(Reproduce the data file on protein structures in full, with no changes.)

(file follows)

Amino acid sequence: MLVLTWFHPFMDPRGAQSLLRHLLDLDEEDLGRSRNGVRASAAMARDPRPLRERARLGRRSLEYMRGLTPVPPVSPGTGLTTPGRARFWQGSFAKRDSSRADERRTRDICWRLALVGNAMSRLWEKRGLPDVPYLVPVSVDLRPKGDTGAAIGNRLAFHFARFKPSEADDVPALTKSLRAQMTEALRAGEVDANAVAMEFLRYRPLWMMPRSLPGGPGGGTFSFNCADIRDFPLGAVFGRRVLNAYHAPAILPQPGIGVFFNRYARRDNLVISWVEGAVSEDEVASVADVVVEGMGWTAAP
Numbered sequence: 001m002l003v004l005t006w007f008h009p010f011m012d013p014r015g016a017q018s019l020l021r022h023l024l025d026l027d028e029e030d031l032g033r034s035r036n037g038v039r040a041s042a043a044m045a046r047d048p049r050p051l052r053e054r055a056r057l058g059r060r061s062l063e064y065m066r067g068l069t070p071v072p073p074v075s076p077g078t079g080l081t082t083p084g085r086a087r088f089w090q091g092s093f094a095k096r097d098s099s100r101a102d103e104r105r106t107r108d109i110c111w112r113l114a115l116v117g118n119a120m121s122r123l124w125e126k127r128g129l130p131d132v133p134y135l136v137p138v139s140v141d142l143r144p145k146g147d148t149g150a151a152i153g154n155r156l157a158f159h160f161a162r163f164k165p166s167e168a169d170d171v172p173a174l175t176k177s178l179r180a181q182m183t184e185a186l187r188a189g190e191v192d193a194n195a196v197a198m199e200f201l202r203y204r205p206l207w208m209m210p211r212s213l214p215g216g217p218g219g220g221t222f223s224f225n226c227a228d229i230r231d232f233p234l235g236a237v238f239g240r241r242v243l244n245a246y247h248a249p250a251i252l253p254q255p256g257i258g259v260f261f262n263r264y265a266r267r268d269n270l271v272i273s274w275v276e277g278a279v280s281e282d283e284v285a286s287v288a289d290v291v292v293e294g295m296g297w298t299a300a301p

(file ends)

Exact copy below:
Amino acid sequence: MLVLTWFHPFMDPRGAQSLLRHLLDLDEEDLGRSRNGVRASAAMARDPRPLRERARLGRRSLEYMRGLTPVPPVSPGTGLTTPGRARFWQGSFAKRDSSRADERRTRDICWRLALVGNAMSRLWEKRGLPDVPYLVPVSVDLRPKGDTGAAIGNRLAFHFARFKPSEADDVPALTKSLRAQMTEALRAGEVDANAVAMEFLRYRPLWMMPRSLPGGPGGGTFSFNCADIRDFPLGAVFGRRVLNAYHAPAILPQPGIGVFFNRYARRDNLVISWVEGAVSEDEVASVADVVVEGMGWTAAP
Numbered sequence: 001m002l003v004l005t006w007f008h009p010f011m012d013p014r015g016a017q018s019l020l021r022h023l024l025d026l027d028e029e030d031l032g033r034s035r036n037g038v039r040a041s042a043a044m045a046r047d048p049r050p051l052r053e054r055a056r057l058g059r060r061s062l063e064y065m066r067g068l069t070p071v072p073p074v075s076p077g078t079g080l081t082t083p084g085r086a087r088f089w090q091g092s093f094a095k096r097d098s099s100r101a102d103e104r105r106t107r108d109i110c111w112r113l114a115l116v117g118n119a120m121s122r123l124w125e126k127r128g129l130p131d132v133p134y135l136v137p138v139s140v141d142l143r144p145k146g147d148t149g150a151a152i153g154n155r156l157a158f159h160f161a162r163f164k165p166s167e168a169d170d171v172p173a174l175t176k177s178l179r180a181q182m183t184e185a186l187r188a189g190e191v192d193a194n195a196v197a198m199e200f201l202r203y204r205p206l207w208m209m210p211r212s213l214p215g216g217p218g219g220g221t222f223s224f225n226c227a228d229i230r231d232f233p234l235g236a237v238f239g240r241r242v243l244n245a246y247h248a249p250a251i252l253p254q255p256g257i258g259v260f261f262n263r264y265a266r267r268d269n270l271v272i273s274w275v276e277g278a279v280s281e282d283e284v285a286s287v288a289d290v291v292v293e294g295m296g297w298t299a300a301p